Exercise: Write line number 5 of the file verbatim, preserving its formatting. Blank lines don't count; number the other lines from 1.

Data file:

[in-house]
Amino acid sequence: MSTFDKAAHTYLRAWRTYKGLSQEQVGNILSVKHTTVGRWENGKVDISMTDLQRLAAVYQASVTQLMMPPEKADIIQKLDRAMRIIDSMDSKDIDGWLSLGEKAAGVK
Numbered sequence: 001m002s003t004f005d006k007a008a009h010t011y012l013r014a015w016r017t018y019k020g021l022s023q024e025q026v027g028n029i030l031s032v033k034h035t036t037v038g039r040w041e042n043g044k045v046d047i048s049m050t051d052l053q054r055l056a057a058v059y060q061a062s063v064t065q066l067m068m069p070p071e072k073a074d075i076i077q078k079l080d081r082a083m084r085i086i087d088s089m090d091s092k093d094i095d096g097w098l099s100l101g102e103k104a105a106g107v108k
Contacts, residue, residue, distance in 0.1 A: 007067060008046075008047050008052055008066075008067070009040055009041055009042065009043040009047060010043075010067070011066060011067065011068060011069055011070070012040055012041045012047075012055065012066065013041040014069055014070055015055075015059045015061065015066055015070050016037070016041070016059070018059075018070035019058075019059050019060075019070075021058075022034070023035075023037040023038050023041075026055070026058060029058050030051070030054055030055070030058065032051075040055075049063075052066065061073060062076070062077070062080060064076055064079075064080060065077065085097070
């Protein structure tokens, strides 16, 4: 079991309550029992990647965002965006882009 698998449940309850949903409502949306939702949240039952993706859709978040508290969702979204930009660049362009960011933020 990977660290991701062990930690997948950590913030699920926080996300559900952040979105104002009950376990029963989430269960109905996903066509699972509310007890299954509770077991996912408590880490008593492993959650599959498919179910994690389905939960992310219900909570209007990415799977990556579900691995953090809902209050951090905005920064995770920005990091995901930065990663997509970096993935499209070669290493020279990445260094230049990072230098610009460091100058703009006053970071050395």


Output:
């Protein structure tokens, strides 16, 4: 079991309550029992990647965002965006882009 698998449940309850949903409502949306939702949240039952993706859709978040508290969702979204930009660049362009960011933020 990977660290991701062990930690997948950590913030699920926080996300559900952040979105104002009950376990029963989430269960109905996903066509699972509310007890299954509770077991996912408590880490008593492993959650599959498919179910994690389905939960992310219900909570209007990415799977990556579900691995953090809902209050951090905005920064995770920005990091995901930065990663997509970096993935499209070669290493020279990445260094230049990072230098610009460091100058703009006053970071050395």